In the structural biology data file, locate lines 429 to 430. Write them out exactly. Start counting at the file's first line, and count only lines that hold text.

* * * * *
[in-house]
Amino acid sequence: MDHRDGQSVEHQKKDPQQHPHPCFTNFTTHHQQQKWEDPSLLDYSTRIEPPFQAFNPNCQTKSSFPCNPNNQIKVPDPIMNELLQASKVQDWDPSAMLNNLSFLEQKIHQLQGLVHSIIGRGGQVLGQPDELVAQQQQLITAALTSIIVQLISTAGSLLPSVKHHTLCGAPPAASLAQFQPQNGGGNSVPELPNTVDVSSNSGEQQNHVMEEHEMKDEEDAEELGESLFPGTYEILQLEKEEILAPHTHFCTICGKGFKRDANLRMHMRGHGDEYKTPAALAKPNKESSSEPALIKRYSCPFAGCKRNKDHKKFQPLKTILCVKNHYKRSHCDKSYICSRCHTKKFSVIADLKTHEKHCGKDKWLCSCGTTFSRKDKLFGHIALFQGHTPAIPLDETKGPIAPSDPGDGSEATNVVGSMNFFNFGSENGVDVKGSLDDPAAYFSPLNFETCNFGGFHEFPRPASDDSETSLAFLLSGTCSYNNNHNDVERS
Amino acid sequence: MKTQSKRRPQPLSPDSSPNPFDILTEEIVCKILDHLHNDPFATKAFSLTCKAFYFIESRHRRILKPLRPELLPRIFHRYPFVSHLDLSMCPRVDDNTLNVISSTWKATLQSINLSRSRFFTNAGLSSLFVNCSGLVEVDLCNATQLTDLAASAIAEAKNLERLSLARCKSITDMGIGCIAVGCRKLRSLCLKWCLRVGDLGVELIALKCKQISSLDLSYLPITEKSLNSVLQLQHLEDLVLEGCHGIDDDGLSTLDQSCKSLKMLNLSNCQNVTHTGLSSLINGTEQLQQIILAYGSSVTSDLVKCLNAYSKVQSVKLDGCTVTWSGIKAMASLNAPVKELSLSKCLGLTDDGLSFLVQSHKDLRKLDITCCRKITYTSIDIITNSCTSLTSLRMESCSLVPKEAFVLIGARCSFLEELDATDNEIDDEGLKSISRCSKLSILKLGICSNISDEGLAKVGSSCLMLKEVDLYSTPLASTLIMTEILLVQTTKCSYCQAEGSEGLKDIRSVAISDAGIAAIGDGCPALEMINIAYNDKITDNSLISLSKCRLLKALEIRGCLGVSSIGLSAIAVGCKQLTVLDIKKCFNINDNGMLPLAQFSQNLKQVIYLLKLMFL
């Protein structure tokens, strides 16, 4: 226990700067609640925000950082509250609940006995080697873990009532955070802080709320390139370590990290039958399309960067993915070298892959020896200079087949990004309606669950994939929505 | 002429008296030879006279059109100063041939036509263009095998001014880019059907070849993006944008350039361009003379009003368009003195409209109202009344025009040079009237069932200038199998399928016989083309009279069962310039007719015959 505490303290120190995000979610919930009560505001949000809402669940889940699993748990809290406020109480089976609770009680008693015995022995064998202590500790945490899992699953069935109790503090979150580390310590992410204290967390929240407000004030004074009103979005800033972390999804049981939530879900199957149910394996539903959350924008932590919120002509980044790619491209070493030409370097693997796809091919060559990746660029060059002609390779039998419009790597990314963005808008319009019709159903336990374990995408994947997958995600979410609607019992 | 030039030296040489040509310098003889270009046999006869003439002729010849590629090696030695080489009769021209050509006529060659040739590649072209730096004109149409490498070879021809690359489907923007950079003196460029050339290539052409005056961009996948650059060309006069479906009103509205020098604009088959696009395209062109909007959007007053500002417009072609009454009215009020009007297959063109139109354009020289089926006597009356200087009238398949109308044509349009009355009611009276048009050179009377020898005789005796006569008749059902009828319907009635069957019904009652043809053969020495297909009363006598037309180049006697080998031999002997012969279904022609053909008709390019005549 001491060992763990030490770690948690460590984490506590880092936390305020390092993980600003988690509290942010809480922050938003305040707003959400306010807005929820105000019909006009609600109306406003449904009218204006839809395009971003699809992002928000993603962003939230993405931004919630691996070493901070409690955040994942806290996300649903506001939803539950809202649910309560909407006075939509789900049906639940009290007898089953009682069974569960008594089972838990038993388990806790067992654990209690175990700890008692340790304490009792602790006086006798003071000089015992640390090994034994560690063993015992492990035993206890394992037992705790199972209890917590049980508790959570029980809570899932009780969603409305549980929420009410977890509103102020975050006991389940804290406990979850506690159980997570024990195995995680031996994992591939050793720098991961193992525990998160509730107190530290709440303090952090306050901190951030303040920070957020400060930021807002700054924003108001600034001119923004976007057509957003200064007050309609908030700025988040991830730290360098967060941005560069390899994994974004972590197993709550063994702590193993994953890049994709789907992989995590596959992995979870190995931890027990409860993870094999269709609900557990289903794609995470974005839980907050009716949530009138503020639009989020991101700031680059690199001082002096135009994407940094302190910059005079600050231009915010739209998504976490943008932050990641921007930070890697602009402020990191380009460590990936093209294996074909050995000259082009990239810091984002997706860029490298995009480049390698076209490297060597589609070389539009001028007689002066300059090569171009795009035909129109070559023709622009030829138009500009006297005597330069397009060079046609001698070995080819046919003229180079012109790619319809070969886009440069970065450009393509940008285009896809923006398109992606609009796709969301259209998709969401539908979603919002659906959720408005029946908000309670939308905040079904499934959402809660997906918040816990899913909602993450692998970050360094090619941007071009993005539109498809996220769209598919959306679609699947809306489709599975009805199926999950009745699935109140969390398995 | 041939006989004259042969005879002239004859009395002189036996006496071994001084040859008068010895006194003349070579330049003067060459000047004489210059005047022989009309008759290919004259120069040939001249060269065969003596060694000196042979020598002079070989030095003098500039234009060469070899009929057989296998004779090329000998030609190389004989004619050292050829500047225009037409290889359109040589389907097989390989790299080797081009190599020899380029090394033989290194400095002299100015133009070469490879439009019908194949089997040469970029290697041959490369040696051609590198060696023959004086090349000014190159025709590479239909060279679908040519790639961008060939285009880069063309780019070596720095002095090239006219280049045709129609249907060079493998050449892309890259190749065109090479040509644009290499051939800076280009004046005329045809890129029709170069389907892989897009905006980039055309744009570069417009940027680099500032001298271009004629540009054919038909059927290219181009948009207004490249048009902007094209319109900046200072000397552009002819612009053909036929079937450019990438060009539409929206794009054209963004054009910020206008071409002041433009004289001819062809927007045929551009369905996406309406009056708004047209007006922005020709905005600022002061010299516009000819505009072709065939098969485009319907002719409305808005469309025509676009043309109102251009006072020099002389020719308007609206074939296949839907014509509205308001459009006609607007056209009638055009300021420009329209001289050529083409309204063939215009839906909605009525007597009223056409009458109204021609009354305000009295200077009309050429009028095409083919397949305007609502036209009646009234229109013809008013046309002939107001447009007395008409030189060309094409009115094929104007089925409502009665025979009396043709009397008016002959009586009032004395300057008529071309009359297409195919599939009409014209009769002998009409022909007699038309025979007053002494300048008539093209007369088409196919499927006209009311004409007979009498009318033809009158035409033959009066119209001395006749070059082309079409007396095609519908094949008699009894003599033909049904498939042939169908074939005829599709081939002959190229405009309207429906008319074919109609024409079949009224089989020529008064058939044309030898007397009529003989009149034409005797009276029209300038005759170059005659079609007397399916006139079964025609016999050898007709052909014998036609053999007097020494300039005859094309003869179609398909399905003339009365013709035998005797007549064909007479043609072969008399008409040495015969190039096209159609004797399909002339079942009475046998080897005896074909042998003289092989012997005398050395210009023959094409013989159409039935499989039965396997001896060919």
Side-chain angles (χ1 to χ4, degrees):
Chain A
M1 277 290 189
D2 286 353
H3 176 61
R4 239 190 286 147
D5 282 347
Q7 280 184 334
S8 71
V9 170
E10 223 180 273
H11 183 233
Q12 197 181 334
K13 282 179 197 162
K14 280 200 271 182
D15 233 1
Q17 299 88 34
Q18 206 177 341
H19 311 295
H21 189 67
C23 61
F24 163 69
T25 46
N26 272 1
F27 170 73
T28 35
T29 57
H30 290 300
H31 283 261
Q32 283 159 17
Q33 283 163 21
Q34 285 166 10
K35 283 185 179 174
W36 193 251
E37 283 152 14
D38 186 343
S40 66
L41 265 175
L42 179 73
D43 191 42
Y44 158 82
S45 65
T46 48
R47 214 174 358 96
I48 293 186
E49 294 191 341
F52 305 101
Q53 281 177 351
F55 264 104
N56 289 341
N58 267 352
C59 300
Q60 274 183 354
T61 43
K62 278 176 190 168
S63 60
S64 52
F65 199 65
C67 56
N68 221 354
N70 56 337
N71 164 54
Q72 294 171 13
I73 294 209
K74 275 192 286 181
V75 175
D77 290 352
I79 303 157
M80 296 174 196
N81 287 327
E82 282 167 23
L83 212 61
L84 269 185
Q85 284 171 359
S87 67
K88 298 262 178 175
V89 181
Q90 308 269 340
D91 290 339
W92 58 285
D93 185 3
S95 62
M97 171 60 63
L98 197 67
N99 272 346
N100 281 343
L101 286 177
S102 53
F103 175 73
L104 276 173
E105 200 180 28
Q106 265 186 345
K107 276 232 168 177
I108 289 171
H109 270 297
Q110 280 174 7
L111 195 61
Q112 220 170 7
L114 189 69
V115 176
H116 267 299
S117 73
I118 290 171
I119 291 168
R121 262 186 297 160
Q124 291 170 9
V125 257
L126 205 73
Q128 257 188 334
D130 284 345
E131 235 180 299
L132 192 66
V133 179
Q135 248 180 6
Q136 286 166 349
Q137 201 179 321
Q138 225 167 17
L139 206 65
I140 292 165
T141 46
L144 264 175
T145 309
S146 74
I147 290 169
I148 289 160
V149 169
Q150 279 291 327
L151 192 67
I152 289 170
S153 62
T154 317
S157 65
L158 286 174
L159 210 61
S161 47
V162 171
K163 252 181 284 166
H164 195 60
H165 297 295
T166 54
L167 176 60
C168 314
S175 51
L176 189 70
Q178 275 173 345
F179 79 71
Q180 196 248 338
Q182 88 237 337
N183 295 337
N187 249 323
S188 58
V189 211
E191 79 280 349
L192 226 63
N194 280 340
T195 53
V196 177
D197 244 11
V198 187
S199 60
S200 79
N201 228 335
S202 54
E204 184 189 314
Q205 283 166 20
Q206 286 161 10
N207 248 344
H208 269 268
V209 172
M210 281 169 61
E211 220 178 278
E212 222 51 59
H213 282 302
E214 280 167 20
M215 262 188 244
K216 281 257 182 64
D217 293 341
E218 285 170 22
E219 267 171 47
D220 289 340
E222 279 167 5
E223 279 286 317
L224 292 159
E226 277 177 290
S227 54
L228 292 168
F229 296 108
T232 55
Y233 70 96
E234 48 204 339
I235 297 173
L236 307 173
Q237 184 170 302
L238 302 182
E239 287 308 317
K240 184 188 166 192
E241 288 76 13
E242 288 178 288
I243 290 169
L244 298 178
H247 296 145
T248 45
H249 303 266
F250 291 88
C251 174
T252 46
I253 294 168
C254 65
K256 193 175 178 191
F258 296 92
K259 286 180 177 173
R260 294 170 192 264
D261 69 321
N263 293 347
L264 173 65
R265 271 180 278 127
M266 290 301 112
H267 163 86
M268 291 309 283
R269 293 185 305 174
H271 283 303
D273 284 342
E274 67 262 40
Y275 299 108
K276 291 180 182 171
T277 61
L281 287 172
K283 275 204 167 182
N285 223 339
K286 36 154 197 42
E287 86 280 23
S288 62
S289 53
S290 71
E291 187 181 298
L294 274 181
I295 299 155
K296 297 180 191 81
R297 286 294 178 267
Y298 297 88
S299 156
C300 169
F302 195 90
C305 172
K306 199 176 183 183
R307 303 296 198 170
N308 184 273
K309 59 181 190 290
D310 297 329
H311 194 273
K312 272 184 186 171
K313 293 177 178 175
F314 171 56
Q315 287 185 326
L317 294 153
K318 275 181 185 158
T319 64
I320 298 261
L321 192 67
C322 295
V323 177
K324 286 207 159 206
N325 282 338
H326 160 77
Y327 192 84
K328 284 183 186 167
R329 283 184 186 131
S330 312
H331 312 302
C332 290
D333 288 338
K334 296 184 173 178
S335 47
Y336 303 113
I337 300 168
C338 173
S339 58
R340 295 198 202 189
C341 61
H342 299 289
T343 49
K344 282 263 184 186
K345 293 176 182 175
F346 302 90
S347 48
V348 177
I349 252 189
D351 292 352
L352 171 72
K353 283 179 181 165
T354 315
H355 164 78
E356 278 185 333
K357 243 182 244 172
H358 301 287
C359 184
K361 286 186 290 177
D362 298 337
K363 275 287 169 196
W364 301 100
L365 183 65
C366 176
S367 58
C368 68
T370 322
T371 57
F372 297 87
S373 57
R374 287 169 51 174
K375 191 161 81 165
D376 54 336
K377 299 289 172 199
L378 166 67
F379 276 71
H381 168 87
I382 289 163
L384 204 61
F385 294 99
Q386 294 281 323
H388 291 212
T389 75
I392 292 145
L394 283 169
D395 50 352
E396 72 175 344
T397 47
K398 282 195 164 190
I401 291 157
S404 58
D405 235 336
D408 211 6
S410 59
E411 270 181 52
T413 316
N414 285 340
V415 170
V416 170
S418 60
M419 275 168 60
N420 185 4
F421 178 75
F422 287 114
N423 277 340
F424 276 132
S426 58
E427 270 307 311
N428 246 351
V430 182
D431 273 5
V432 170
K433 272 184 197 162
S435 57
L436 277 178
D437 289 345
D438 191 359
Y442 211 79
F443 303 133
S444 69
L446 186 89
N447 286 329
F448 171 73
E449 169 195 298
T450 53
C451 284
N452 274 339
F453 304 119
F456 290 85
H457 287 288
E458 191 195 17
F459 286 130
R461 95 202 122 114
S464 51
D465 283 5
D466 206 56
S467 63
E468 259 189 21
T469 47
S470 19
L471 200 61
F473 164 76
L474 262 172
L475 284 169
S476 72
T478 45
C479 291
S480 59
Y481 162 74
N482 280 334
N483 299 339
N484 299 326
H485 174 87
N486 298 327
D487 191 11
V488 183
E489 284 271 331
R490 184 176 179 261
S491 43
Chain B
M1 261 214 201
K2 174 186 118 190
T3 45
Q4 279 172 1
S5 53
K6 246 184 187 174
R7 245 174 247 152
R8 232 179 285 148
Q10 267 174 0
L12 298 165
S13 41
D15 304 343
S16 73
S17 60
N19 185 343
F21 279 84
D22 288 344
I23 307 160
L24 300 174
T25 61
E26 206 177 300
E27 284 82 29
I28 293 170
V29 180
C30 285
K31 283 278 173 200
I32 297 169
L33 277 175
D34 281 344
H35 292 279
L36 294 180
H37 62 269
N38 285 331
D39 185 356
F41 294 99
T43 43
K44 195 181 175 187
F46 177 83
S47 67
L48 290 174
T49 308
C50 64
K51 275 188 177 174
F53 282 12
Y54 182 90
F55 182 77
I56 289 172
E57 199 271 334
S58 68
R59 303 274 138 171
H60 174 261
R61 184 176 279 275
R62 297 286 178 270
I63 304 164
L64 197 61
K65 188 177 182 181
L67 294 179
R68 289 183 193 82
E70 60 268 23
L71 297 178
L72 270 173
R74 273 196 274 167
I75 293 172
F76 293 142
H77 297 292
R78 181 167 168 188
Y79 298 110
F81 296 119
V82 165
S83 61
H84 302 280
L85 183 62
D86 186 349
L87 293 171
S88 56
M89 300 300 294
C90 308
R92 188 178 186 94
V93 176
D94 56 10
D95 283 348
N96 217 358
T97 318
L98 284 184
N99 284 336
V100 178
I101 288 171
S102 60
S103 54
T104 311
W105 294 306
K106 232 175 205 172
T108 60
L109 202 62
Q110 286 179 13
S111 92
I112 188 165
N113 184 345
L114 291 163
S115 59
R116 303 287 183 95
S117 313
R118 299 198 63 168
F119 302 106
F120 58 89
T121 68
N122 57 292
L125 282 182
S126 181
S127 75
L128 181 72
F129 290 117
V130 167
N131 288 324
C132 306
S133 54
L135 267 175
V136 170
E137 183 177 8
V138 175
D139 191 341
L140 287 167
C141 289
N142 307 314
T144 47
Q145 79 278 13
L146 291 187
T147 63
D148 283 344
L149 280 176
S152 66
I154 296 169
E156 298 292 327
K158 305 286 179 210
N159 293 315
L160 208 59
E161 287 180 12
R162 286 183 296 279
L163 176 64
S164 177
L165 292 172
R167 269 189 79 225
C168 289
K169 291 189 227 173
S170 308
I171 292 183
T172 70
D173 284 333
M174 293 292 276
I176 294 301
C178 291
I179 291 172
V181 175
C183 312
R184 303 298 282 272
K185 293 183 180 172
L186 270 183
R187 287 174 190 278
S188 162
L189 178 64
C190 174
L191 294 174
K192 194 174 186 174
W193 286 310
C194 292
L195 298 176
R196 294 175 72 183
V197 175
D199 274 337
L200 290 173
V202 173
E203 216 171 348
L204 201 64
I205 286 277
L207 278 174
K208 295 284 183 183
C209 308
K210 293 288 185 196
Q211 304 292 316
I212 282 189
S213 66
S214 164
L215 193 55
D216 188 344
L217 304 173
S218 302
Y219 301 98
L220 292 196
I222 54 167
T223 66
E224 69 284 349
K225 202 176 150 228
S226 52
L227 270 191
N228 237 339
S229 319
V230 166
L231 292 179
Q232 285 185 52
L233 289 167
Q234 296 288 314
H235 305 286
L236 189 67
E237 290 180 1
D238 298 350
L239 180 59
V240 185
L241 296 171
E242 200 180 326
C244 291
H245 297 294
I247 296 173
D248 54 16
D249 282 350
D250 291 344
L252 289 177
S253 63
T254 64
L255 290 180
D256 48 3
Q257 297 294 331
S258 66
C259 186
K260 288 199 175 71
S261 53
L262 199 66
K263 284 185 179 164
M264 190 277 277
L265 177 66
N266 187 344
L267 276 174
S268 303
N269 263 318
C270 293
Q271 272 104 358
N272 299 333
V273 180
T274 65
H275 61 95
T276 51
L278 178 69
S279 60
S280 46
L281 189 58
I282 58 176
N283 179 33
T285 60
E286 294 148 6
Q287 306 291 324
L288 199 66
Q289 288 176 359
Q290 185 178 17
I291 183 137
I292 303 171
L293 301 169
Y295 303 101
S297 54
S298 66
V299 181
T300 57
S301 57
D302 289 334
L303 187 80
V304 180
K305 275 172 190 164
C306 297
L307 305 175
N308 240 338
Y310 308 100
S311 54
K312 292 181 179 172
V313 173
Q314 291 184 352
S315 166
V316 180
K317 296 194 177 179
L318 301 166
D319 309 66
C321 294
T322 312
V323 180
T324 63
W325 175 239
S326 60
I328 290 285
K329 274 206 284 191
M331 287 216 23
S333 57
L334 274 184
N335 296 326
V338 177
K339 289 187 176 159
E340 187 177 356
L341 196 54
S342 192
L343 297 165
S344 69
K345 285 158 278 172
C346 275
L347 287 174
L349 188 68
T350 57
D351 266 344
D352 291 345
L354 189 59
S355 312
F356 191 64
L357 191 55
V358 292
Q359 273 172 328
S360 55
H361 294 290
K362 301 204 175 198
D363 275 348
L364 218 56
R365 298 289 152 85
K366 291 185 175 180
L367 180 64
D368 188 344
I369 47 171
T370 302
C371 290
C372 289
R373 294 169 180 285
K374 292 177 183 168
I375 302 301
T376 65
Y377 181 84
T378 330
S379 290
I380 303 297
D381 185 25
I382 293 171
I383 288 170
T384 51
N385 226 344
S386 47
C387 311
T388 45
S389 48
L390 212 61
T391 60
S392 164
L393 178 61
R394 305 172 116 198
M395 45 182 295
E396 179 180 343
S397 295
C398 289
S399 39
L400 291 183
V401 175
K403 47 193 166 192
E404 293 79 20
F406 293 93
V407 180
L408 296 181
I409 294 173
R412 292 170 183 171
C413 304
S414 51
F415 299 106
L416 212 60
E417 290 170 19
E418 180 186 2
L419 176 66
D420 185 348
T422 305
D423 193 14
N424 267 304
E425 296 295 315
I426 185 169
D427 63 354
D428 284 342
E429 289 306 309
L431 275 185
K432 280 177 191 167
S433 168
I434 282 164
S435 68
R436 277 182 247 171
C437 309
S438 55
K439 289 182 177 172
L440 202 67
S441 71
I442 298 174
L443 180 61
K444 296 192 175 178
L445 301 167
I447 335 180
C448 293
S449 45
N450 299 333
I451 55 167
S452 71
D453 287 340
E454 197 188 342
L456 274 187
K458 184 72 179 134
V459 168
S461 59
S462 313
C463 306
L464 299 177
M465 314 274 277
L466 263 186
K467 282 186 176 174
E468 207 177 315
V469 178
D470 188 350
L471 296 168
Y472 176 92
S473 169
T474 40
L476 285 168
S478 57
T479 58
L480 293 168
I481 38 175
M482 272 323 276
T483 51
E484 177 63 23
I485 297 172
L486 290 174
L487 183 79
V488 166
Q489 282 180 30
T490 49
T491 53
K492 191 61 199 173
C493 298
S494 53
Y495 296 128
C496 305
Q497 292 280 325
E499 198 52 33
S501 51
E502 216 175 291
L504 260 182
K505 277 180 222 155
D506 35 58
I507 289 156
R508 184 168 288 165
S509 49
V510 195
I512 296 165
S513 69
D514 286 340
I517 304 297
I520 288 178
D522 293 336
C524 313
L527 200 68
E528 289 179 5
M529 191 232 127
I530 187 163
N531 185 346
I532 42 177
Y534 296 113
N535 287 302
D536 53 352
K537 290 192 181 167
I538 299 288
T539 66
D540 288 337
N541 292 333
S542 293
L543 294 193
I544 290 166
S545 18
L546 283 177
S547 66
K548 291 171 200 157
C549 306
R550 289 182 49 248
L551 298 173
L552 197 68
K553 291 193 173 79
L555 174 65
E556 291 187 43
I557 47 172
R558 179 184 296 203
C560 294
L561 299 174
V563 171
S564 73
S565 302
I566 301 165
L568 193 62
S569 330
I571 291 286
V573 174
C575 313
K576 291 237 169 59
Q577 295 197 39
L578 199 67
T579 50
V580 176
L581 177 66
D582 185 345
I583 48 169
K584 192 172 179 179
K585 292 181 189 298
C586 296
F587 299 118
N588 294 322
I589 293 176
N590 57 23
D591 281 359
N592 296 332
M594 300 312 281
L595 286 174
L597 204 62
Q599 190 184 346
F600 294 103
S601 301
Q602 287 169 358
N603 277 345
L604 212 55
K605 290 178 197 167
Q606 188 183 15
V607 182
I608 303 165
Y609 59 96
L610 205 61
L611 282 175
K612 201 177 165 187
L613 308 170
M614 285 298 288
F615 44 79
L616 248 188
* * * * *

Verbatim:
I32 297 169
L33 277 175